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Guerrilla marketing

Guerrilla marketing, as described by J. Levinson in his popular 1984 book Guerrilla Marketing, is an unconventional way of making profits. In particular it is a way of performing marketing activities (primarily promotion) on a very low budget.

Levinson claims that small entrepreneurial firms are very different than large firms. He quotes a Harvard Business Review article by Welsh and White in which it says that small business is not a little version of big business. There is much more to it than just a question of scale. The biggest difference is the relative “resource poverty” of small businesses. Because of this lack of resources, small business must use an altogether different set of marketing strategies and tactics than big business.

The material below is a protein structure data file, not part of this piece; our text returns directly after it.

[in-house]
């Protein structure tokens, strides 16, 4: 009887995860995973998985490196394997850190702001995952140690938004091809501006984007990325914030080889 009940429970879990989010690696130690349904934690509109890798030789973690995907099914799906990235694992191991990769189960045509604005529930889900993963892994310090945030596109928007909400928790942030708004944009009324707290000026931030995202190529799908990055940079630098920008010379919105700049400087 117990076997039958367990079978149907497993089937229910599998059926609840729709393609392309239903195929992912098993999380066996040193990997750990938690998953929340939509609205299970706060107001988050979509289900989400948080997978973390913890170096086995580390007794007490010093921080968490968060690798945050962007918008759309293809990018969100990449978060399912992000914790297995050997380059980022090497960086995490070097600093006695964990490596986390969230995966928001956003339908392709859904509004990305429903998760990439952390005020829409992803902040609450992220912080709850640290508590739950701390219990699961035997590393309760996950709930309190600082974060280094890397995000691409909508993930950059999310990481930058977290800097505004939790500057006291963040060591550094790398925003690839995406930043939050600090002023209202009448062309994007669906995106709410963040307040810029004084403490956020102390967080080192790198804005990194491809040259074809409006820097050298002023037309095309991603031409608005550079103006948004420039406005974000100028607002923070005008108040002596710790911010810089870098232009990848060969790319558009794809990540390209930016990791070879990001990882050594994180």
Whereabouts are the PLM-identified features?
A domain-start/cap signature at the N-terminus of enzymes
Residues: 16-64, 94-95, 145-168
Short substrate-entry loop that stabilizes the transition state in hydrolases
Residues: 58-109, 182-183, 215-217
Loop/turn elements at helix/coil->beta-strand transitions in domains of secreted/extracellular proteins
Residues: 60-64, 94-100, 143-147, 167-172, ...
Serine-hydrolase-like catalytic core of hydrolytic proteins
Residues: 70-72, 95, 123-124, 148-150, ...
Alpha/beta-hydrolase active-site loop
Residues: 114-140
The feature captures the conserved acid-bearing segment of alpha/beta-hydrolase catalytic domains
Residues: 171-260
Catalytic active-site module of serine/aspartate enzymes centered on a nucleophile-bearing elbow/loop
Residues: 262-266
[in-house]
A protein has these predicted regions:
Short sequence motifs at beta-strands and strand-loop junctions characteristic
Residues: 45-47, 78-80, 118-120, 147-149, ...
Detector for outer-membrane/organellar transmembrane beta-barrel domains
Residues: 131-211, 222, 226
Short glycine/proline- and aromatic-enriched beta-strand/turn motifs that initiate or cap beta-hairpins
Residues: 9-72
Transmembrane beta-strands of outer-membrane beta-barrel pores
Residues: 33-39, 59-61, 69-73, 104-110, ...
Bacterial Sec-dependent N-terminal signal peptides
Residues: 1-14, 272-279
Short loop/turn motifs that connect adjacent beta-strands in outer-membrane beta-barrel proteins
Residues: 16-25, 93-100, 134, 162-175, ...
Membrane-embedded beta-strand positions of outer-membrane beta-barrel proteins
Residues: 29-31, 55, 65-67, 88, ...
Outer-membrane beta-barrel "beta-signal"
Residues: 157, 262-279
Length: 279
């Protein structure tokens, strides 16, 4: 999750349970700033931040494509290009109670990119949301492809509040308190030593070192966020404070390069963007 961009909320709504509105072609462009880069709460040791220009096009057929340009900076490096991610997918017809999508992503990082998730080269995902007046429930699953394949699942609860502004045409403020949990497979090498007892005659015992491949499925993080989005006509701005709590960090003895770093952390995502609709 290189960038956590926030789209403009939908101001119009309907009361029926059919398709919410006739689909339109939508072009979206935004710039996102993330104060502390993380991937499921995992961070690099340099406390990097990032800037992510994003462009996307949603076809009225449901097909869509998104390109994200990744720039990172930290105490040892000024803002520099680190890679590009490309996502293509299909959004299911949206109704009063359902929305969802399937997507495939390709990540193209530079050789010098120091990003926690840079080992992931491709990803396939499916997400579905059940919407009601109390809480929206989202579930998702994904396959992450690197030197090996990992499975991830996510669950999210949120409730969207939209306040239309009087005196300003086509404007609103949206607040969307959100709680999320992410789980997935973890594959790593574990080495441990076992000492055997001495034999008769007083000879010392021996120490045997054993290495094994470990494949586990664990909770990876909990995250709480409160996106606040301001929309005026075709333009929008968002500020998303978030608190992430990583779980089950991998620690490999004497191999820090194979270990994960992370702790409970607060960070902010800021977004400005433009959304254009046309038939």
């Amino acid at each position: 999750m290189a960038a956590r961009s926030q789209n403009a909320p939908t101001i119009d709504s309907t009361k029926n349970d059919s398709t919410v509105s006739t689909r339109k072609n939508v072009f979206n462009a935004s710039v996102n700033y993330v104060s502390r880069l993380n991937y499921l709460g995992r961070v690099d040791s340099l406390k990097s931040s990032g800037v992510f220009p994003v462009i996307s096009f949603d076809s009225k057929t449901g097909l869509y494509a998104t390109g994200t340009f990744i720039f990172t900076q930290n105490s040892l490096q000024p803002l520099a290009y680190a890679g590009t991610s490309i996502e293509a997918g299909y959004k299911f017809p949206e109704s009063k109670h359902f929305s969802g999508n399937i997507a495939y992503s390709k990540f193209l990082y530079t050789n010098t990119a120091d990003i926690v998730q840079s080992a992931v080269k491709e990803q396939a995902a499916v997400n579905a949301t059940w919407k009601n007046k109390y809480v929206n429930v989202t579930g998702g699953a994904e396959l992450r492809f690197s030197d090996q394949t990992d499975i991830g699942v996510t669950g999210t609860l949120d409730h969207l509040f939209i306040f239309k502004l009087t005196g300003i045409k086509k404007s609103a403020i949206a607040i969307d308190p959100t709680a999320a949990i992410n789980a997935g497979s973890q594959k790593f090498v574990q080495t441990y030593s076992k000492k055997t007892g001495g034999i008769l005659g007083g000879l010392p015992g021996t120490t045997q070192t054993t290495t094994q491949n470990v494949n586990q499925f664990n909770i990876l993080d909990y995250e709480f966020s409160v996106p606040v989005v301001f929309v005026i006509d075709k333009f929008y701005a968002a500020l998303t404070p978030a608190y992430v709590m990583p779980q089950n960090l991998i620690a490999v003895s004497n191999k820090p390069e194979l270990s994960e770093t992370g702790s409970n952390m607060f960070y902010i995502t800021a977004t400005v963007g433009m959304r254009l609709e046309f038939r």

A typical entrepreneur should use such guerrilla tactics as:

It is up to the guerrilla marketer to be creative and devise unconventional methods of promotion. One must use all their personal contacts, both professional and friends/family. One must examine their company and its products looking for sources of publicity. Some forms of publicity can be very inexpensive.

It is argued that if you use these guerrilla tactics, you will find your small size is an advantage. You will be able to obtain publicity easier than a large company. You will be closer to your customer and more agile.

Although guerrilla marketing was originally crafted for small business, it can be applied to large businesses also.

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